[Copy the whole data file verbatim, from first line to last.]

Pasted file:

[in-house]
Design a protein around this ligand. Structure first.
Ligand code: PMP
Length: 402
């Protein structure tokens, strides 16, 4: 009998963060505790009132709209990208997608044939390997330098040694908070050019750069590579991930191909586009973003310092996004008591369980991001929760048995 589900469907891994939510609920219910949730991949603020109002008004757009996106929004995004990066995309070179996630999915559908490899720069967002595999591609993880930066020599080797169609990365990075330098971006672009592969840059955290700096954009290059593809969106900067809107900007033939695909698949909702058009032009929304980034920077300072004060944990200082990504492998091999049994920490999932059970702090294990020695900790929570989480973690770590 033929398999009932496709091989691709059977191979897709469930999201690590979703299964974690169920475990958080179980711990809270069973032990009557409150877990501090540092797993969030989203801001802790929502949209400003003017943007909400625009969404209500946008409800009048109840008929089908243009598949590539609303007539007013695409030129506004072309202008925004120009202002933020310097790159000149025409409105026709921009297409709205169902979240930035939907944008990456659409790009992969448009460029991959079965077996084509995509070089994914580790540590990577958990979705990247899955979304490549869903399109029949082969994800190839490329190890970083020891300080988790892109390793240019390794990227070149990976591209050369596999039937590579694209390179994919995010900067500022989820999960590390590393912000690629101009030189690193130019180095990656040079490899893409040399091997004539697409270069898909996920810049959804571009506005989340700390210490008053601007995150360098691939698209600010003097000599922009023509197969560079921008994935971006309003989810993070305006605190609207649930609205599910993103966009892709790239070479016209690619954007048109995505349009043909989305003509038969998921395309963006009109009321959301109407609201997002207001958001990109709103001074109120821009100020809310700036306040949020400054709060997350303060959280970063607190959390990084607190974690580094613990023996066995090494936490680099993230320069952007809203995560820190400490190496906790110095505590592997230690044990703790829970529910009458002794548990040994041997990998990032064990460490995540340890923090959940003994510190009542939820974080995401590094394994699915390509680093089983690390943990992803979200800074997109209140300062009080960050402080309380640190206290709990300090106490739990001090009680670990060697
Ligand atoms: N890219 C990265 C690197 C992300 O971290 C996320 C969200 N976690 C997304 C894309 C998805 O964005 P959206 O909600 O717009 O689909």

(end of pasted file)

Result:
[in-house]
Design a protein around this ligand. Structure first.
Ligand code: PMP
Length: 402
């Protein structure tokens, strides 16, 4: 009998963060505790009132709209990208997608044939390997330098040694908070050019750069590579991930191909586009973003310092996004008591369980991001929760048995 589900469907891994939510609920219910949730991949603020109002008004757009996106929004995004990066995309070179996630999915559908490899720069967002595999591609993880930066020599080797169609990365990075330098971006672009592969840059955290700096954009290059593809969106900067809107900007033939695909698949909702058009032009929304980034920077300072004060944990200082990504492998091999049994920490999932059970702090294990020695900790929570989480973690770590 033929398999009932496709091989691709059977191979897709469930999201690590979703299964974690169920475990958080179980711990809270069973032990009557409150877990501090540092797993969030989203801001802790929502949209400003003017943007909400625009969404209500946008409800009048109840008929089908243009598949590539609303007539007013695409030129506004072309202008925004120009202002933020310097790159000149025409409105026709921009297409709205169902979240930035939907944008990456659409790009992969448009460029991959079965077996084509995509070089994914580790540590990577958990979705990247899955979304490549869903399109029949082969994800190839490329190890970083020891300080988790892109390793240019390794990227070149990976591209050369596999039937590579694209390179994919995010900067500022989820999960590390590393912000690629101009030189690193130019180095990656040079490899893409040399091997004539697409270069898909996920810049959804571009506005989340700390210490008053601007995150360098691939698209600010003097000599922009023509197969560079921008994935971006309003989810993070305006605190609207649930609205599910993103966009892709790239070479016209690619954007048109995505349009043909989305003509038969998921395309963006009109009321959301109407609201997002207001958001990109709103001074109120821009100020809310700036306040949020400054709060997350303060959280970063607190959390990084607190974690580094613990023996066995090494936490680099993230320069952007809203995560820190400490190496906790110095505590592997230690044990703790829970529910009458002794548990040994041997990998990032064990460490995540340890923090959940003994510190009542939820974080995401590094394994699915390509680093089983690390943990992803979200800074997109209140300062009080960050402080309380640190206290709990300090106490739990001090009680670990060697
Ligand atoms: N890219 C990265 C690197 C992300 O971290 C996320 C969200 N976690 C997304 C894309 C998805 O964005 P959206 O909600 O717009 O689909």